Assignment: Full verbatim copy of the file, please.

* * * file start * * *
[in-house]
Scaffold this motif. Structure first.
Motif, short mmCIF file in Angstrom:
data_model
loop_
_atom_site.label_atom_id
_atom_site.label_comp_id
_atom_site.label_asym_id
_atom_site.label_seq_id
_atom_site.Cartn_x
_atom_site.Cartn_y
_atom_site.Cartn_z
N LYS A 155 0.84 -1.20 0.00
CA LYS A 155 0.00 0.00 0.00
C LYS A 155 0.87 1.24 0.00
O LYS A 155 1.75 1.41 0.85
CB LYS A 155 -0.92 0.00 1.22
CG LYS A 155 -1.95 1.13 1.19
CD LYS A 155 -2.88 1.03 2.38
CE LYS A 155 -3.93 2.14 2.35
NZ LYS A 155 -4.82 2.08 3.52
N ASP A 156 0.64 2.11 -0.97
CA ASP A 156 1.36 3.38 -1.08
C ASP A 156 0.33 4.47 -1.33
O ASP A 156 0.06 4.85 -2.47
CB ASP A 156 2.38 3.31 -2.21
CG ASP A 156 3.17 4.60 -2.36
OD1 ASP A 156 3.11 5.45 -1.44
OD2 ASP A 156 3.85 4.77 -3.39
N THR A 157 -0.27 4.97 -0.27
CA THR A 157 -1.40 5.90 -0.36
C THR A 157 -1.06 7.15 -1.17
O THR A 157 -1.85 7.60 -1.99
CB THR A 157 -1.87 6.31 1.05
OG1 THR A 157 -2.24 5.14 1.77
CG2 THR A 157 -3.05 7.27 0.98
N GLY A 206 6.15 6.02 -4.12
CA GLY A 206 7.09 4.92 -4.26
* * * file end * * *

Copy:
[in-house]
Scaffold this motif. Structure first.
Motif, short mmCIF file in Angstrom:
data_model
loop_
_atom_site.label_atom_id
_atom_site.label_comp_id
_atom_site.label_asym_id
_atom_site.label_seq_id
_atom_site.Cartn_x
_atom_site.Cartn_y
_atom_site.Cartn_z
N LYS A 155 0.84 -1.20 0.00
CA LYS A 155 0.00 0.00 0.00
C LYS A 155 0.87 1.24 0.00
O LYS A 155 1.75 1.41 0.85
CB LYS A 155 -0.92 0.00 1.22
CG LYS A 155 -1.95 1.13 1.19
CD LYS A 155 -2.88 1.03 2.38
CE LYS A 155 -3.93 2.14 2.35
NZ LYS A 155 -4.82 2.08 3.52
N ASP A 156 0.64 2.11 -0.97
CA ASP A 156 1.36 3.38 -1.08
C ASP A 156 0.33 4.47 -1.33
O ASP A 156 0.06 4.85 -2.47
CB ASP A 156 2.38 3.31 -2.21
CG ASP A 156 3.17 4.60 -2.36
OD1 ASP A 156 3.11 5.45 -1.44
OD2 ASP A 156 3.85 4.77 -3.39
N THR A 157 -0.27 4.97 -0.27
CA THR A 157 -1.40 5.90 -0.36
C THR A 157 -1.06 7.15 -1.17
O THR A 157 -1.85 7.60 -1.99
CB THR A 157 -1.87 6.31 1.05
OG1 THR A 157 -2.24 5.14 1.77
CG2 THR A 157 -3.05 7.27 0.98
N GLY A 206 6.15 6.02 -4.12
CA GLY A 206 7.09 4.92 -4.26